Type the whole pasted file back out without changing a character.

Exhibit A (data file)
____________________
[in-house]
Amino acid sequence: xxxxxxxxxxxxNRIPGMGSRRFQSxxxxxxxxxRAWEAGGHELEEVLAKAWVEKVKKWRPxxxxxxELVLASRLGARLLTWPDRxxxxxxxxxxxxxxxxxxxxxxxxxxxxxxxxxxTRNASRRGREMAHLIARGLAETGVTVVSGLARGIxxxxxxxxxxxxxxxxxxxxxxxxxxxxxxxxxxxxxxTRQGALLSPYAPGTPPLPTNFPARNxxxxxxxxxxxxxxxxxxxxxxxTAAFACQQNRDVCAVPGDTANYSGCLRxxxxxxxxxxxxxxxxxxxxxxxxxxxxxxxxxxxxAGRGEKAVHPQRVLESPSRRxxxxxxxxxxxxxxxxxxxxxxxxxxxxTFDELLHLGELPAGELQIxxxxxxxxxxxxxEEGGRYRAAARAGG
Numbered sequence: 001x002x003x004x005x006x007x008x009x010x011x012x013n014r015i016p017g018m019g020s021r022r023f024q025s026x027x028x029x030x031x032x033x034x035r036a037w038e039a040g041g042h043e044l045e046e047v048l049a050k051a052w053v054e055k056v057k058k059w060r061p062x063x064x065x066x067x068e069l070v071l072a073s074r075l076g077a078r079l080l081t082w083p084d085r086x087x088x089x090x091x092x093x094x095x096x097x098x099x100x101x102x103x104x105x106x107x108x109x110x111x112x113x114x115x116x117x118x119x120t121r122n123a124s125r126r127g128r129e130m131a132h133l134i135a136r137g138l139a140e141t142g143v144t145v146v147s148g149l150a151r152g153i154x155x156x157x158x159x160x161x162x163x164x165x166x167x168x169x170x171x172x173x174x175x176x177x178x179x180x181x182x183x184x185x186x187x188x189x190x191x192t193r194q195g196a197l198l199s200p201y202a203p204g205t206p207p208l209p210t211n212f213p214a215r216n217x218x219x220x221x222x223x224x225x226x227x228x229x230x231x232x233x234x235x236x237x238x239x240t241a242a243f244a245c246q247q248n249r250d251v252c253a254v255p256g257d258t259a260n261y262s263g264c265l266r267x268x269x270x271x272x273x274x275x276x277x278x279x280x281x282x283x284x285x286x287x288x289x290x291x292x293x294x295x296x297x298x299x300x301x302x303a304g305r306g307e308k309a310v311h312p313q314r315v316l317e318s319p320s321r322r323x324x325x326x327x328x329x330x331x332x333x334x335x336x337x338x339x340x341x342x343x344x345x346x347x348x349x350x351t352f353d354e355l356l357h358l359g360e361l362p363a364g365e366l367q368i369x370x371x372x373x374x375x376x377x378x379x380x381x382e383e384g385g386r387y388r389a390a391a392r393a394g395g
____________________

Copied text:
[in-house]
Amino acid sequence: xxxxxxxxxxxxNRIPGMGSRRFQSxxxxxxxxxRAWEAGGHELEEVLAKAWVEKVKKWRPxxxxxxELVLASRLGARLLTWPDRxxxxxxxxxxxxxxxxxxxxxxxxxxxxxxxxxxTRNASRRGREMAHLIARGLAETGVTVVSGLARGIxxxxxxxxxxxxxxxxxxxxxxxxxxxxxxxxxxxxxxTRQGALLSPYAPGTPPLPTNFPARNxxxxxxxxxxxxxxxxxxxxxxxTAAFACQQNRDVCAVPGDTANYSGCLRxxxxxxxxxxxxxxxxxxxxxxxxxxxxxxxxxxxxAGRGEKAVHPQRVLESPSRRxxxxxxxxxxxxxxxxxxxxxxxxxxxxTFDELLHLGELPAGELQIxxxxxxxxxxxxxEEGGRYRAAARAGG
Numbered sequence: 001x002x003x004x005x006x007x008x009x010x011x012x013n014r015i016p017g018m019g020s021r022r023f024q025s026x027x028x029x030x031x032x033x034x035r036a037w038e039a040g041g042h043e044l045e046e047v048l049a050k051a052w053v054e055k056v057k058k059w060r061p062x063x064x065x066x067x068e069l070v071l072a073s074r075l076g077a078r079l080l081t082w083p084d085r086x087x088x089x090x091x092x093x094x095x096x097x098x099x100x101x102x103x104x105x106x107x108x109x110x111x112x113x114x115x116x117x118x119x120t121r122n123a124s125r126r127g128r129e130m131a132h133l134i135a136r137g138l139a140e141t142g143v144t145v146v147s148g149l150a151r152g153i154x155x156x157x158x159x160x161x162x163x164x165x166x167x168x169x170x171x172x173x174x175x176x177x178x179x180x181x182x183x184x185x186x187x188x189x190x191x192t193r194q195g196a197l198l199s200p201y202a203p204g205t206p207p208l209p210t211n212f213p214a215r216n217x218x219x220x221x222x223x224x225x226x227x228x229x230x231x232x233x234x235x236x237x238x239x240t241a242a243f244a245c246q247q248n249r250d251v252c253a254v255p256g257d258t259a260n261y262s263g264c265l266r267x268x269x270x271x272x273x274x275x276x277x278x279x280x281x282x283x284x285x286x287x288x289x290x291x292x293x294x295x296x297x298x299x300x301x302x303a304g305r306g307e308k309a310v311h312p313q314r315v316l317e318s319p320s321r322r323x324x325x326x327x328x329x330x331x332x333x334x335x336x337x338x339x340x341x342x343x344x345x346x347x348x349x350x351t352f353d354e355l356l357h358l359g360e361l362p363a364g365e366l367q368i369x370x371x372x373x374x375x376x377x378x379x380x381x382e383e384g385g386r387y388r389a390a391a392r393a394g395g